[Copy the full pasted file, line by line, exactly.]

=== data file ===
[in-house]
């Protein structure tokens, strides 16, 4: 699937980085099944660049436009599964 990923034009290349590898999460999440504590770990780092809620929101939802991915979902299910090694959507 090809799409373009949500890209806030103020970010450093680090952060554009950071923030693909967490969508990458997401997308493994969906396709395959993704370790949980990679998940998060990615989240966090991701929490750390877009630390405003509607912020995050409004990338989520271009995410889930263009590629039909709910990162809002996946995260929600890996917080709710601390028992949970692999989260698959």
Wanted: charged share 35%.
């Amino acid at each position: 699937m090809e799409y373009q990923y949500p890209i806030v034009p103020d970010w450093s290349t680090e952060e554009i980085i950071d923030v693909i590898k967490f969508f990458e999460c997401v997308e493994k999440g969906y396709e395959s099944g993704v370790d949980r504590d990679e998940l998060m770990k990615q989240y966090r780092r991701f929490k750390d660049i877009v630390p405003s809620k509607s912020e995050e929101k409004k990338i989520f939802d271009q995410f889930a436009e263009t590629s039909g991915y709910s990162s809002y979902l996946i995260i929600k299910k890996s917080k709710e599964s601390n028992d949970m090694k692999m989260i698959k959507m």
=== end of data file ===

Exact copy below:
[in-house]
């Protein structure tokens, strides 16, 4: 699937980085099944660049436009599964 990923034009290349590898999460999440504590770990780092809620929101939802991915979902299910090694959507 090809799409373009949500890209806030103020970010450093680090952060554009950071923030693909967490969508990458997401997308493994969906396709395959993704370790949980990679998940998060990615989240966090991701929490750390877009630390405003509607912020995050409004990338989520271009995410889930263009590629039909709910990162809002996946995260929600890996917080709710601390028992949970692999989260698959």
Wanted: charged share 35%.
């Amino acid at each position: 699937m090809e799409y373009q990923y949500p890209i806030v034009p103020d970010w450093s290349t680090e952060e554009i980085i950071d923030v693909i590898k967490f969508f990458e999460c997401v997308e493994k999440g969906y396709e395959s099944g993704v370790d949980r504590d990679e998940l998060m770990k990615q989240y966090r780092r991701f929490k750390d660049i877009v630390p405003s809620k509607s912020e995050e929101k409004k990338i989520f939802d271009q995410f889930a436009e263009t590629s039909g991915y709910s990162s809002y979902l996946i995260i929600k299910k890996s917080k709710e599964s601390n028992d949970m090694k692999m989260i698959k959507m």